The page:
1. As an elementary school teacher, Kate straddles the world of adults and the world of children. How do her personality and behavior reflect this split? How does her version of the Black Swan Point murder story mix the two worlds? Do other characters in the novel have elements of both maturity and childishness?
2. "I liked reading children their stories. And I liked the stories: dogs and cats had magic powers; nasty people suffered slapstick doom. The world seemed manageable, its scale of anarchy to my liking" (p.39). What does Kate's fondness for children's stories illustrate? How does the world within these stories differ from the world she encounters outside the classroom?
3. Compare Kate's version of the Black Swan Point story to what we know of Veronica's version. What are the key differences? What do these differences suggest about the two women? What might Kate's description of Veronica's book suggest about Kate?
4. "Everyone should have one great secret to carry around as a talisman. Then, when people look at you, thinking she's like this, or she's only this, they'll always be wrong" (p. 59). The quote above is from the passage in which Kate is exploring the psychology of Ellie, the young mistress in the Murder at Black Swan Point story. How does Kate's thinking differ from Ellie's? How is it similar?
5. "Children understand tragedy in a way adults are unable to: atom by atom. Untainted by a hundred other learnt horrors, they are haunted for the appropriate length of time. They ask a thousand unanswerable questions. The story stays with them; they dream of it." What does it mean to understand tragedy "atom by atom"? Why are adults unable to do so? Is there something cruel about telling children crime stories, which they will then vividly imagine? Are there elements of cruelty in Kate's nature?
6. "By 1839 most of the indigenous population had died or been driven away.
Our local history is the Ur-true crime story, and in volume after volume the
bodies pile up" (p. 85). Consider the ways in which the setting both
geographical and natural contributes to the overall effect of the novel.
How does the author use the surrounding of a particular scene to enhance the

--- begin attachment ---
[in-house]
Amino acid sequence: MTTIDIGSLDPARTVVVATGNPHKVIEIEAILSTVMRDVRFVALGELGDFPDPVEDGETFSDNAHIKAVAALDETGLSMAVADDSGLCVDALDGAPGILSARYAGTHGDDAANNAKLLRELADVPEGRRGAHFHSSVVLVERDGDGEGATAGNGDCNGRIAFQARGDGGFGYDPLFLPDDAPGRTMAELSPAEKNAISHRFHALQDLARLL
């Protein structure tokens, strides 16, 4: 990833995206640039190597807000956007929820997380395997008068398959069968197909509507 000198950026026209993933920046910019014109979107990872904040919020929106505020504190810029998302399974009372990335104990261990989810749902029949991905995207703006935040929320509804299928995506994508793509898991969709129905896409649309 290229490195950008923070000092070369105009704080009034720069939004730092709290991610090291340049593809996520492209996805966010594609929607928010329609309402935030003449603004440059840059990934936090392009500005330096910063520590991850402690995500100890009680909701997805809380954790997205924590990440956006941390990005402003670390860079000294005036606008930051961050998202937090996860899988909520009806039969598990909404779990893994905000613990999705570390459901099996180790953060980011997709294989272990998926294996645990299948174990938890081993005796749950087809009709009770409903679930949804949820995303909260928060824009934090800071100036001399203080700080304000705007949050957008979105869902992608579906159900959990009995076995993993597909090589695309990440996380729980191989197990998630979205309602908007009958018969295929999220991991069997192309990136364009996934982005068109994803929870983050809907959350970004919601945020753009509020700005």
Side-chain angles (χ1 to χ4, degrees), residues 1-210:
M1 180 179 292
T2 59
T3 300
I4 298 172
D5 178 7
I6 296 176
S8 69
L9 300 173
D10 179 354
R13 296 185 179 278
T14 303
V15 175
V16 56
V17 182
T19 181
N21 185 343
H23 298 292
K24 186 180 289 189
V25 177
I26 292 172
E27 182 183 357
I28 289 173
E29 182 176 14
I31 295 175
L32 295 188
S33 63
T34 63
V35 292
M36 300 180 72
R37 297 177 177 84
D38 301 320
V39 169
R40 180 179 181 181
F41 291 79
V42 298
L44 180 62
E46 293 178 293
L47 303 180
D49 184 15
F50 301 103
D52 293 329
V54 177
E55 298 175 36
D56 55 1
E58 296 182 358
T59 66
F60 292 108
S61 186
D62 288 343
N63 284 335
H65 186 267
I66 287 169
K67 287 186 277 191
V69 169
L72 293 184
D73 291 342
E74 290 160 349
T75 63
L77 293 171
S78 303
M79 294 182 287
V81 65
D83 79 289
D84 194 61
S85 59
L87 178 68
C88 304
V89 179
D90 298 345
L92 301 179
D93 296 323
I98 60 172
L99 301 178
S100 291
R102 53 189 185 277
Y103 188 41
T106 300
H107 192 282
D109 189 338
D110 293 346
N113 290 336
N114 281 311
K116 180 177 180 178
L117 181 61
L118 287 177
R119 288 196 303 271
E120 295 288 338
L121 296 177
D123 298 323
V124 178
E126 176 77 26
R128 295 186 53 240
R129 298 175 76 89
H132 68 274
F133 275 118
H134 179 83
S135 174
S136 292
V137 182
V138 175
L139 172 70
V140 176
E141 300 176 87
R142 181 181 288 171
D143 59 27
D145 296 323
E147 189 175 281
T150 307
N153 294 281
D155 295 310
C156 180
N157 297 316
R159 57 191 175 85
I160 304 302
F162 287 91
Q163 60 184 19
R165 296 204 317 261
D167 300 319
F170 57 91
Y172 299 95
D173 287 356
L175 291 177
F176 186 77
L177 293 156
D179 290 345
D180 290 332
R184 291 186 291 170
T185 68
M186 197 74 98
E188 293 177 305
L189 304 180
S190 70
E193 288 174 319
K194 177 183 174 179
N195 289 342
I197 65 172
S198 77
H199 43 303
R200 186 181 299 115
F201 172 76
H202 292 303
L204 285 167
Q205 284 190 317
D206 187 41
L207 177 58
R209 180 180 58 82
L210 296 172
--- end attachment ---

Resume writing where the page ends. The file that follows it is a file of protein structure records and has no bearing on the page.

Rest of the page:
7. Discuss the scene in which Kate drives off the road in the old Mercedes and has to seek help from a local man. What makes this scene so unsettling? How does the author achieve such tension? How does this scene relate to the rest of the novel?
8. Images and stories of sex permeate the novel, and so do images and tales
of death. What does the author suggest about the relationship between sex
especially illicit sex and violence or death?
9. "It was strange, but despite the Marnes's threats for the first time in a long while I felt totally alive....Fear, like guilt, must have a way of increasing the pixillation of every day life" (p.152). In what ways does Kate seem to cultivate fear and guilt in her own life? Is there an element of masochism in her character?
10. What are the parallels between the story in Murder at Black Swan Point and Kate's own story? Is she justified in her fear and suspicion of Veronica, or has she spooked herself by becoming too engrossed in the Murder at Black Swan Point story?
11. Discuss the scene at the end of the book when Kate visits the Marnes. What did Kate expect to accomplish by confronting Veronica and Thomas? How is she disappointed? How is Kate¹s view of the world and her own life different after the incident?
12. "And I'd decided, in another life, to write a book-length explanation for Lucien: a child's book of true crime. Apparently in Stalinist Russia, blacklisted writers and artists had embedded secret messages in children's literature...disguised as the naive, subversive content was unrecognizable" (p.202). In what ways does Kate disguise her own story by using "the naive"? Is there a sense in which the novel itself is "a child's book of true crime"?
13. "Close your eyes: listen to the sea. You're so near to it -- the cradle
and the grave -- even if you never want to die." (p. 211). The ending of the
novel encourages us to think about mortality, and about the relationship between
the young and the old. What does the author suggest here and elsewhere
about the relationship between youth and death?